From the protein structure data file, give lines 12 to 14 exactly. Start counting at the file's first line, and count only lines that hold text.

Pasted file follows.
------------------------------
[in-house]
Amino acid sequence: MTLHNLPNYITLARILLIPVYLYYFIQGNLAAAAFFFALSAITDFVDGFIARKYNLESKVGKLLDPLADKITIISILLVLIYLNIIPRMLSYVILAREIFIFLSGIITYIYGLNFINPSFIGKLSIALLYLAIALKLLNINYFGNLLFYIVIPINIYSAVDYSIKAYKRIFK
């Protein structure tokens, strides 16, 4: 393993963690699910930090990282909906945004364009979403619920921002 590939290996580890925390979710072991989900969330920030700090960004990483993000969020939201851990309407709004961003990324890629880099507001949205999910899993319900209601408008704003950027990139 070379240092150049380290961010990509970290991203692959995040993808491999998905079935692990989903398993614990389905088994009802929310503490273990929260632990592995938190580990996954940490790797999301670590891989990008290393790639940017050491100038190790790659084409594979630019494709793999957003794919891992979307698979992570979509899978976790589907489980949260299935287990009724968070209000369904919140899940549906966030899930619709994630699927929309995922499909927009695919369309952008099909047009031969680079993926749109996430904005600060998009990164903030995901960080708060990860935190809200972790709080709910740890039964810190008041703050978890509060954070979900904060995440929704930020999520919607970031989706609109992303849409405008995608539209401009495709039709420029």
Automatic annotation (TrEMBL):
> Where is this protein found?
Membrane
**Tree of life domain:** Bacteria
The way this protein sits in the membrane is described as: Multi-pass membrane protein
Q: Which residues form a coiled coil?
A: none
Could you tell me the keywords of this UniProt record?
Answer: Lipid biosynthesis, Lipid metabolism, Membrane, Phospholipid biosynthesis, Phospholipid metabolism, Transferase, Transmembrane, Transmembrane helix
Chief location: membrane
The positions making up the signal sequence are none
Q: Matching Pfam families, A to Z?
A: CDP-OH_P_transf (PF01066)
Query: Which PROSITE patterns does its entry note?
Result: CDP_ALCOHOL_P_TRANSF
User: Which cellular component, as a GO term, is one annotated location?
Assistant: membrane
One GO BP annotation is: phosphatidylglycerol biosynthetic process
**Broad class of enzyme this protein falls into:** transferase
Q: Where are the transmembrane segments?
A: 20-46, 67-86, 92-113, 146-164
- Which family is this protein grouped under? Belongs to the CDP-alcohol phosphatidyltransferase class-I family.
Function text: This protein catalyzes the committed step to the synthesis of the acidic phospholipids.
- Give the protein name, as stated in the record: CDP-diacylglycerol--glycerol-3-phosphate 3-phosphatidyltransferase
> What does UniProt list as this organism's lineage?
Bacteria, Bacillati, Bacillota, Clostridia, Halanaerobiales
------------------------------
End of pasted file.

Answer: Lipid biosynthesis, Lipid metabolism, Membrane, Phospholipid biosynthesis, Phospholipid metabolism, Transferase, Transmembrane, Transmembrane helix
Chief location: membrane
The positions making up the signal sequence are none